Learning you’ve got an endometrioma – also called a “chocolate cyst” – can be confusing and scary, particularly if you’re trying to conceive. Chocolate doesn’t belong in the ovaries, clearly, so what exactly is an endometrioma? Let’s clear up the facts on endometriomas and what you can do about them.
Endometriomas are, as the name implies, a form of endometriosis that affects the ovary. In endometriosis, sections of the uterine lining (endometrium) start growing unnecessarily in other parts of the body.
If this endometrial issue moves into the inside of the ovary, it can form a cyst inside. As the cyst fills with old, stagnant blood, it becomes brown and starts to resemble chocolate sauce. Some study estimates that as many as 44% of women with endometriosis are affected by chocolate cysts.
The most common symptom of endometriosis is severe menstrual pain. Other common complaints include lower back, pelvic and abdominal pain between periods, pain when using the toilet or during sex. A lot of people seem to think it’s all “just part of being a woman”, but severe menstrual pain that interferes with your daily life isn’t normal. See a gynecologist to work out what’s going on, and you may be able to catch endometriosis in the early stages.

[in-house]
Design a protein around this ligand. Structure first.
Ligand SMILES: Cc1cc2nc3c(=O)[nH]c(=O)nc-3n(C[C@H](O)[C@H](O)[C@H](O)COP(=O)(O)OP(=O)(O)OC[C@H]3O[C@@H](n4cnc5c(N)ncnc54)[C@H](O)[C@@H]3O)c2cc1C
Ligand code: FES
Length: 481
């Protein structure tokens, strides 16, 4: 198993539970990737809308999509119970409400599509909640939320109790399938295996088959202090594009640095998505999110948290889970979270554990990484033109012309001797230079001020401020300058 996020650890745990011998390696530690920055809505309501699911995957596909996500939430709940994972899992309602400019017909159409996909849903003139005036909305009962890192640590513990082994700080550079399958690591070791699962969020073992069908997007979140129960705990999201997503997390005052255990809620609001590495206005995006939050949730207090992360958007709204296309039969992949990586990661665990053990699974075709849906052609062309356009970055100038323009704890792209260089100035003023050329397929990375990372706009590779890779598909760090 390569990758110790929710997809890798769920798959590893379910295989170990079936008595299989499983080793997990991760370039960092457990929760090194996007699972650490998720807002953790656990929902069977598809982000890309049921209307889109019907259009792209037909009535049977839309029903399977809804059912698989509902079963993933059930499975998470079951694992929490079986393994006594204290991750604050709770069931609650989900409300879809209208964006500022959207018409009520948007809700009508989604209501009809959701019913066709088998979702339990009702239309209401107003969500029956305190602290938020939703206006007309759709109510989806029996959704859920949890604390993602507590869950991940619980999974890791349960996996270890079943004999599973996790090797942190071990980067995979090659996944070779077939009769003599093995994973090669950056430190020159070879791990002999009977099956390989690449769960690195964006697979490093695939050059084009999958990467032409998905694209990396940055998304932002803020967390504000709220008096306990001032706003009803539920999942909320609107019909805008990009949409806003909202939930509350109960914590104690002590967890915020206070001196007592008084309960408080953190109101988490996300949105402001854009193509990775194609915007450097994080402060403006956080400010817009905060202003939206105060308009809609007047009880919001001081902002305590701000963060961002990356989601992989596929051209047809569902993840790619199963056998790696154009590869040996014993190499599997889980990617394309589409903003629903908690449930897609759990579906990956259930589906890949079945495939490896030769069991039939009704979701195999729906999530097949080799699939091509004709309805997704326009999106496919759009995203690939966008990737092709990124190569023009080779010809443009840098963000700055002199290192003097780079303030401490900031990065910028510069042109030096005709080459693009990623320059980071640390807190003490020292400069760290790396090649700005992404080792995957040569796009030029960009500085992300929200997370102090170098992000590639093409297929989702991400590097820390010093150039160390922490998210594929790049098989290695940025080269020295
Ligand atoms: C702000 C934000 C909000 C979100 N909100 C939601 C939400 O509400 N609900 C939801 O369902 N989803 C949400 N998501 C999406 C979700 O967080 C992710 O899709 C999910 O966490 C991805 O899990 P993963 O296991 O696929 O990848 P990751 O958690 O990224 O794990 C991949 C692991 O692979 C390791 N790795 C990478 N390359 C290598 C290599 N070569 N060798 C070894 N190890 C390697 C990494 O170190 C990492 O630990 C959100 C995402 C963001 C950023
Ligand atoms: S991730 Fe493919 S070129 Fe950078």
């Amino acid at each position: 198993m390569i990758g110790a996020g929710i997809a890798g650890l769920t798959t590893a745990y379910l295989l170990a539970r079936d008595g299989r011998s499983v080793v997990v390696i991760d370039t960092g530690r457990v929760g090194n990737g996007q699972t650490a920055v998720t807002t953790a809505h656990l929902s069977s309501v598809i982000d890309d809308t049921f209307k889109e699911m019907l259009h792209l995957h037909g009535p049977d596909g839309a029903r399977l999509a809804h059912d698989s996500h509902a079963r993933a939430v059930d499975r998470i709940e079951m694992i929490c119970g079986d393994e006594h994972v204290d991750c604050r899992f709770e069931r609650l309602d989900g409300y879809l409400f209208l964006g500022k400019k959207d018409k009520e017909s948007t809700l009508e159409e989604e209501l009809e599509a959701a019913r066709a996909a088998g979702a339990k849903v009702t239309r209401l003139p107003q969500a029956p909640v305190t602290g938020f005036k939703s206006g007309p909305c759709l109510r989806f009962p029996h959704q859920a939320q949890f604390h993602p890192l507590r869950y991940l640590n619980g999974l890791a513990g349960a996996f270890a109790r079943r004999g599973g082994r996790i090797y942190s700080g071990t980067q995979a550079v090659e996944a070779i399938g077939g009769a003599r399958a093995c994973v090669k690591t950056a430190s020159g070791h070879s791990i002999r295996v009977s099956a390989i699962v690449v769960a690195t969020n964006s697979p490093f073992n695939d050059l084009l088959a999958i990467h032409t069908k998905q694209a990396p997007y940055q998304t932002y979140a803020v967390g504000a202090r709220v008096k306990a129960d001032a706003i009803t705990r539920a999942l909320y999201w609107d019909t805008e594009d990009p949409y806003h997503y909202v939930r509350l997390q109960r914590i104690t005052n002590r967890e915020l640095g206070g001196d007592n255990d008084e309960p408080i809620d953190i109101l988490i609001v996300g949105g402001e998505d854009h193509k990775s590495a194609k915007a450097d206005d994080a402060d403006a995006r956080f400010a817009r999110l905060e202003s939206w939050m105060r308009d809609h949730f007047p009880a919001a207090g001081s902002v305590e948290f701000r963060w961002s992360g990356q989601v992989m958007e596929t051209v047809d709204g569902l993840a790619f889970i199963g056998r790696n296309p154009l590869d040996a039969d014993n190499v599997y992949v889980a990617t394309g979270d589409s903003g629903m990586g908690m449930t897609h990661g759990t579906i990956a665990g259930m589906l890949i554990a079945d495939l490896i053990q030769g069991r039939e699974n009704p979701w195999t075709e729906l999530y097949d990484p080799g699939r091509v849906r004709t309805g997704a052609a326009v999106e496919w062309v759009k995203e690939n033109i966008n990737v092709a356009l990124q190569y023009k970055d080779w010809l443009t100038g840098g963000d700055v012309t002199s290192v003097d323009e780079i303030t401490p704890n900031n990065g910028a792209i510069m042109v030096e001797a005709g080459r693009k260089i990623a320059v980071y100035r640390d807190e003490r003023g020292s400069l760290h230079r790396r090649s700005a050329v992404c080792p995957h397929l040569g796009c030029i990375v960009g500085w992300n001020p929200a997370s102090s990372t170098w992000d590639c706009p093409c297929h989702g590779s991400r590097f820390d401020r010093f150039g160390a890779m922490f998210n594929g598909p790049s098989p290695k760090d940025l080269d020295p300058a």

Chocolate cysts don’t always cause symptoms, but when they do, it can be painful. These ovarian endometriomas can swell to more than 5 to 6 cm and can result in a rupture. If a chocolate cyst actually ruptures, it can cause severe abdominal pain and even peritonitis.
Chocolate cysts are a form of endometriosis, and unfortunately, the exact cause of endometriosis isn’t clear. However, the most widely accepted theory is the “retrograde menstruation” – menstrual discharge that flows backwards and gets trapped in the pelvis. There may be a genetic element to this, as endometriosis is known to run in families. If you have a mother or sister who’s affected by endometriosis or chocolate cysts, that means you’re more likely to develop the conditions.